2 Jan Punt, after Jacob de Wit, Frontispiece to “Teekenboek der Proportien van ’t Menschelyke Lighaam” (Fig. 1). Engraving, 380 × 378 mm. Harvard University, Countway Medical Library, NC765.W77.

3 Probably copy after Jan Punt, after Jacob de Wit, Frontispiece, gray-brown ink over graphite, 341 × 342 mm. Vienna, Albertina, 10654.

4 See John Rupert Martin, The Ceiling Paintings for the Jesuit Church in Antwerp (London and New York, 1968), pp. 46–51 and chapter 3 throughout, for De Wit’s series of copies after thirty-six panels of the ceiling, now in the British Museum and the Courtauld Institute, both in London, and in the Stedelijk Prentenkabinet, Antwerp.

5 De Wit’s biography appears in Jacob Campo Weyerman, De levens‐beschryvingen der Nederlandsche konst‐schilders en konst‐schilderessen: Met een uytbreyding over de schilder‐konst der ouden (The Hague, 1729–69, vol. 4, pp. 104–6) and Johan van Gool, De nieuwe schouburg der nederlantsche kunstschilders en schilderessen: Waer in de levensen kunstbedryven der tans levende en reets overleedene schilders, die van Houbraken, noch eenig ander schryver, zyn aengeteekend, verhaelt worden (The Hague, 1750–51, vol. 2, pp. 218–38), and in more recent years in several publications, including Adolph Staring, Jacob de Wit, 1695–1754 (Amsterdam, 1958), Guus van den Hout and Robert Schillemans, Putti en Cherubijntjes, Het religieuze werk van Jacob de Wit (1695–1754) (Amsterdam, 1995), Janrense Boonstra and Guus van den Hout, In de wolken: Jacob de Wit als plafondschilder (Amsterdam: Bijbels Museum, 2000), and Eymert-Jan Goossens, Een bedrieger in het paleis / Master of Deception, Jacob de Wit 1695–1754 (Amsterdam: Koninklijk Paleis, 2003).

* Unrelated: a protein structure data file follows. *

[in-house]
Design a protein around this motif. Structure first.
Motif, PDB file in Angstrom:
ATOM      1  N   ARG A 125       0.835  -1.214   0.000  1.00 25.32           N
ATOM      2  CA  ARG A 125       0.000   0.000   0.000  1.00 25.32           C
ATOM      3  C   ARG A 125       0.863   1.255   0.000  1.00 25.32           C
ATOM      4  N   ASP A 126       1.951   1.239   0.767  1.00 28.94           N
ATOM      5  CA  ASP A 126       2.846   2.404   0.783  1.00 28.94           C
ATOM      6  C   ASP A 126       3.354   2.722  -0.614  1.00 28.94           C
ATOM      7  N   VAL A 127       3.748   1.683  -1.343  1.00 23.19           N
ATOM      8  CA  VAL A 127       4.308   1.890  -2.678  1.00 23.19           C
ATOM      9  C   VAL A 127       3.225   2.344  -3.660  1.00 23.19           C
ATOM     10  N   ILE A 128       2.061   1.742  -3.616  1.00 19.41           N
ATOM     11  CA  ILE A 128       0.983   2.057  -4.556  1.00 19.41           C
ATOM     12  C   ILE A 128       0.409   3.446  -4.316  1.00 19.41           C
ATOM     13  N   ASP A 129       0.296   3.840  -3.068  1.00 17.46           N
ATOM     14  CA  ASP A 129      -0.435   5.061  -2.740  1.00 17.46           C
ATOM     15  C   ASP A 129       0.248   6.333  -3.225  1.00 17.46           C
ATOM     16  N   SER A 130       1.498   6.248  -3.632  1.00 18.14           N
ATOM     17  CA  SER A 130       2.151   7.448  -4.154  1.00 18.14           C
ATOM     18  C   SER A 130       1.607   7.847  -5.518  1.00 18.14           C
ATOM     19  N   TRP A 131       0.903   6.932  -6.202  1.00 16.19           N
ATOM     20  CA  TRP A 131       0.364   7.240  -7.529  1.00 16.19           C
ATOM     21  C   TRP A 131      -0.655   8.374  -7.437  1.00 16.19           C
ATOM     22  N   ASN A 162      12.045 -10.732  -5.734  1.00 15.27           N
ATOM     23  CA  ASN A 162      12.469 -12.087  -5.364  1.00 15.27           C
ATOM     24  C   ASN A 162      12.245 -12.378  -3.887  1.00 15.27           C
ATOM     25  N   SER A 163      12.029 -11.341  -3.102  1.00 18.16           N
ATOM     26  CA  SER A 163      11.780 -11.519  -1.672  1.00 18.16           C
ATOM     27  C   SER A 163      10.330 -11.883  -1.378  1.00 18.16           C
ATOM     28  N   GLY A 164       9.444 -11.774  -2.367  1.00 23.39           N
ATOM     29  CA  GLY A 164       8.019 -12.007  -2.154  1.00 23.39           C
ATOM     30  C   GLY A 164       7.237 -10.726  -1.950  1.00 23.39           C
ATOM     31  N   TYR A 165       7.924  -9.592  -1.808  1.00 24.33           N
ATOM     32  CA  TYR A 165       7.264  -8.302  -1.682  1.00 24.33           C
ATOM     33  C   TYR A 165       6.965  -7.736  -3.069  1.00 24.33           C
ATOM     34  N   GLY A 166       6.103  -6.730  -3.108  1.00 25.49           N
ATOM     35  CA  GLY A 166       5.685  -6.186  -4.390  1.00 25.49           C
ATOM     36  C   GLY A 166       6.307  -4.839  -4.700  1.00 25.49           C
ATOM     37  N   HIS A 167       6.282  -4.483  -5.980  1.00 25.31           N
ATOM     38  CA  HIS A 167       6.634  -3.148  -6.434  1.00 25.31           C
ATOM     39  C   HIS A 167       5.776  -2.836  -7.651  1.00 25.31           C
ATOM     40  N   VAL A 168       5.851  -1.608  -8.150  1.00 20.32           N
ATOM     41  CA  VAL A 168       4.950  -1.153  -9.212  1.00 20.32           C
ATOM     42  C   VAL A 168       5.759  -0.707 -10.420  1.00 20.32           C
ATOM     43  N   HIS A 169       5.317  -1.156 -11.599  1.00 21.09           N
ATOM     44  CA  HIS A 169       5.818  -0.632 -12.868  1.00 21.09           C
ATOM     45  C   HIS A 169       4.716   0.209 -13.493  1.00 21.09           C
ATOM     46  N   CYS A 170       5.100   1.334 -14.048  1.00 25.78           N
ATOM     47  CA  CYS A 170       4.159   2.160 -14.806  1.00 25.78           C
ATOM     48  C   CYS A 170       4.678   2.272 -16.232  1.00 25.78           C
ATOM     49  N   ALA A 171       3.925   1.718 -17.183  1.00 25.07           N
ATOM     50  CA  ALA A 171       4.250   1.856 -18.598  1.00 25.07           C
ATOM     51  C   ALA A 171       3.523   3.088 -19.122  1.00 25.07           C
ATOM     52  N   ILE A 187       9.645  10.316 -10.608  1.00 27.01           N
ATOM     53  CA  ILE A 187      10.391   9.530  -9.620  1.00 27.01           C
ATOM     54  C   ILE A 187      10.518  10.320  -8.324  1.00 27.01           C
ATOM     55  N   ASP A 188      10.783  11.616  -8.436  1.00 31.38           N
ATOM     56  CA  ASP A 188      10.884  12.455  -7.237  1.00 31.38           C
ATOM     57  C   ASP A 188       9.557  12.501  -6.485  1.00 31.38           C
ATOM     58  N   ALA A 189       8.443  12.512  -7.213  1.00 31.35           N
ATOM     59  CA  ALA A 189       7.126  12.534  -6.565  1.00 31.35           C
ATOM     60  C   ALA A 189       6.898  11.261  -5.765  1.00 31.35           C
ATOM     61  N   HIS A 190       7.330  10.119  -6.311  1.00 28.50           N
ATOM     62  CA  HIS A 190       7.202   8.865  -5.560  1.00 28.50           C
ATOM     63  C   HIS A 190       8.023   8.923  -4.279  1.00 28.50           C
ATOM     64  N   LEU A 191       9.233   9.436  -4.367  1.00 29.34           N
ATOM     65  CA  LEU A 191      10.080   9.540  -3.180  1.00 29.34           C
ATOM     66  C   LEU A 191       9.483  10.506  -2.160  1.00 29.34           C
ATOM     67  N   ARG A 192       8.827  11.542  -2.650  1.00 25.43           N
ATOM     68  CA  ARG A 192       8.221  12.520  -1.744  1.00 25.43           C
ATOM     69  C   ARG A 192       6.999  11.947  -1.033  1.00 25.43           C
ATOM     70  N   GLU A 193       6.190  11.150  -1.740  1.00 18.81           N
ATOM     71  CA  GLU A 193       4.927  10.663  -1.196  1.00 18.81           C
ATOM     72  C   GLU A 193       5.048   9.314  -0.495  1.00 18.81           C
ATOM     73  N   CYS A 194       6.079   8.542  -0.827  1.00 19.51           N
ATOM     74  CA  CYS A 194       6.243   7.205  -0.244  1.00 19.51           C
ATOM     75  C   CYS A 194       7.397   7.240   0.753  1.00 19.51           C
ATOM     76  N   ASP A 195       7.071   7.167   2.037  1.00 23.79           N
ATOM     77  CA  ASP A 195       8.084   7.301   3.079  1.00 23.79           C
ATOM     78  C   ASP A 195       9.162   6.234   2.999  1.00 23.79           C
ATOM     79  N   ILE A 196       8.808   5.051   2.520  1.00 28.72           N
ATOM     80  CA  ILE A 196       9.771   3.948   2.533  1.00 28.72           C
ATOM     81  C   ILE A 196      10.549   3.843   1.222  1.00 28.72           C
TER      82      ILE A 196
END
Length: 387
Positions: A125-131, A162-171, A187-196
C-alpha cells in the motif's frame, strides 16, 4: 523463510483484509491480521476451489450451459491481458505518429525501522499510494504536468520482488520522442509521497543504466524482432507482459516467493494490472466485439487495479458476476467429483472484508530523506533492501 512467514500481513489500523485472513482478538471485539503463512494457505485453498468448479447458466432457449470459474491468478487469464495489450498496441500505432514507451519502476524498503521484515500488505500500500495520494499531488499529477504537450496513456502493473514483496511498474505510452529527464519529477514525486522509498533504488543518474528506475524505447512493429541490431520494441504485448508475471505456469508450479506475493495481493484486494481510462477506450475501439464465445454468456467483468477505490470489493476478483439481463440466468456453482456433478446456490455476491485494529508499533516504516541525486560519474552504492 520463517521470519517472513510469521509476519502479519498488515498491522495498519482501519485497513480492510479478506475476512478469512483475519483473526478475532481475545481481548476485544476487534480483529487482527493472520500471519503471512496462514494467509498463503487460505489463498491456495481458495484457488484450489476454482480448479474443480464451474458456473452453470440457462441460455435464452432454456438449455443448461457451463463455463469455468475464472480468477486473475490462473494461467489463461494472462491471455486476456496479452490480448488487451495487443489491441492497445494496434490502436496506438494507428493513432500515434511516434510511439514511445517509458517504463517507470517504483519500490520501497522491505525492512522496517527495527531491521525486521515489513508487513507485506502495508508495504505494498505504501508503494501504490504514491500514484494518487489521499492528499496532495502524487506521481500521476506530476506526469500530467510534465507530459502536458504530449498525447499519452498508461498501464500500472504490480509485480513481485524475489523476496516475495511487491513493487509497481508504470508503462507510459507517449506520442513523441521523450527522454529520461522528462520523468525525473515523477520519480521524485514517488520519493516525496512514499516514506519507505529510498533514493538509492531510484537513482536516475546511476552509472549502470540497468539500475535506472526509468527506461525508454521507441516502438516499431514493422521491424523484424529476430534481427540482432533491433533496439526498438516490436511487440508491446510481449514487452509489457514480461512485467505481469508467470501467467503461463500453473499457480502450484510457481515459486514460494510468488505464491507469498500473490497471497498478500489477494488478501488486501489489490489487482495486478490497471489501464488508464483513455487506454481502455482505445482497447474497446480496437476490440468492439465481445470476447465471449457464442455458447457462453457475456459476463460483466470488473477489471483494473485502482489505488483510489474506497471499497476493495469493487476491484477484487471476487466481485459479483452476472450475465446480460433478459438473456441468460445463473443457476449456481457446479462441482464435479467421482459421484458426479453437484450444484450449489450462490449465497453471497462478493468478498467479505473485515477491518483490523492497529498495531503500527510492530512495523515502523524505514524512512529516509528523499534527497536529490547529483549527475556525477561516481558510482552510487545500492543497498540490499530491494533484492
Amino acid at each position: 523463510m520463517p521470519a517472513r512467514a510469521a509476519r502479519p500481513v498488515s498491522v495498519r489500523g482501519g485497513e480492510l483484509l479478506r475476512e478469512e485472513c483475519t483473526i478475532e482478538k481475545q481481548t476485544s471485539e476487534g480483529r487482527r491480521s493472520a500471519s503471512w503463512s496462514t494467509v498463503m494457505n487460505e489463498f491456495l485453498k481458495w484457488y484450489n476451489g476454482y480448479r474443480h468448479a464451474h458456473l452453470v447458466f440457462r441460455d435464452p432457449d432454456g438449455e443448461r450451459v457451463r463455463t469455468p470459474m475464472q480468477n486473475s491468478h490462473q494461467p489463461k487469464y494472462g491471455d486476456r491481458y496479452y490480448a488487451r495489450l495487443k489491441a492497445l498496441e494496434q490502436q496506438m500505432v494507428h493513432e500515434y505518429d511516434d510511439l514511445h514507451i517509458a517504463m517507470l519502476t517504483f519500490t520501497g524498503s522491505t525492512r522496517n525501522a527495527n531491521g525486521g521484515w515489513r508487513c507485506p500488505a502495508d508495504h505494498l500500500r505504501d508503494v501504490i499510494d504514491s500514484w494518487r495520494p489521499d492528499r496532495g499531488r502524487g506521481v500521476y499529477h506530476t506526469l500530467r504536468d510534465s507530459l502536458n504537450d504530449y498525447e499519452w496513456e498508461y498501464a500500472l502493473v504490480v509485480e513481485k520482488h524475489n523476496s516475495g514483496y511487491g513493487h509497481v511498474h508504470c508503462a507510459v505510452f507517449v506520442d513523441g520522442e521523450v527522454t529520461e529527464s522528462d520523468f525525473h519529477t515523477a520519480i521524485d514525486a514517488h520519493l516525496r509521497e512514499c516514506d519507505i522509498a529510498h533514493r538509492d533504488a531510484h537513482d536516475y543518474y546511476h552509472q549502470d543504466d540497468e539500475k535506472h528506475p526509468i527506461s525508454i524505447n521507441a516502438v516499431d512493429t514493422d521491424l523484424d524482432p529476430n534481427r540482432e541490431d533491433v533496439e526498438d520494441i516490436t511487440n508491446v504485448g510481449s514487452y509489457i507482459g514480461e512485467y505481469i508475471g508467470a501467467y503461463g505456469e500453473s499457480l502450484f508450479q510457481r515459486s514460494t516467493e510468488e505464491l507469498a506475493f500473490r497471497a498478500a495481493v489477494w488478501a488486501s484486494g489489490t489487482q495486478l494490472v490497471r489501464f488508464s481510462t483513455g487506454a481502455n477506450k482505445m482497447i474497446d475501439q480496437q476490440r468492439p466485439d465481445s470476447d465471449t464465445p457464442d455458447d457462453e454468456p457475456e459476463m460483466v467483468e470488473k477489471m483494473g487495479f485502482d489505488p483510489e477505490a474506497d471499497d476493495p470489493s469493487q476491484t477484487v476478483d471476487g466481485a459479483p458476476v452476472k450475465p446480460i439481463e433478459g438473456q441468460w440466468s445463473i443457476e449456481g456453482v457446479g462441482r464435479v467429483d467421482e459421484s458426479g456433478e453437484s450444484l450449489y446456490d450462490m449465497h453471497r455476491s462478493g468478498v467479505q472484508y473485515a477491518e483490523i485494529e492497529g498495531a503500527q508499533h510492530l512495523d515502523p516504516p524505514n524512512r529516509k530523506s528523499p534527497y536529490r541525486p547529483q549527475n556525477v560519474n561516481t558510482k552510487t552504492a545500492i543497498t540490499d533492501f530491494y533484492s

6 Jacob de Wit, Teekenboek der Proportien van ’t Menschelyke Lighaam, geinventeerd en geteekend door Jacob de Wit, en in ’t kooper gebracht door Jan Punt (Amsterdam, 1747), n.p., “. . . wien [den Leerling] het veel nutter is zyn geduld en vlyt te besteden, om zyn voorbeeld in alles wel te volgen, en op het naeuwkeurigste af te teekenen, om zig hier door den passer in het oog te verkrygen.” (Italics are mine.) See also Jaap Bolten, Method and Practice: Dutch and Flemish Drawing Books 1600–1750 (Landau, Germany, 1985), pp. 229–30.

Acquisition and Rights
Credit Line
Harvard Art Museums/Fogg Museum, Gift of Robert Lehman Foundation
Accession Year
Object Number
European and American Art
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Publication History

Dutch and Flemish Drawings, 16th and 17th Centuries, auct. cat., R. M. Light & Co., Inc. (Boston, MA, November 1960 - December 1960), cat. no. 34, n.p.

Fogg Art Museum Acquisitions, 1959-1962, Harvard University (Cambridge, MA, 1963)

William W. Robinson and Susan Anderson, Drawings from the Age of Bruegel, Rubens, and Rembrandt: Highlights from the Collection of the Harvard Art Museums, exh. cat., Harvard Art Museums (Cambridge, MA, 2016), cat. no. 98, pp. 321-323, repr. p. 322; watermark p. 383

Exhibition History

Dutch and Flemish Drawings, 16th and 17th Centuries, R. M. Light & Co., Inc., Santa Barbara, 11/01/1960 - 12/31/1960

Subjects and Contexts

Dutch, Flemish, & Netherlandish Drawings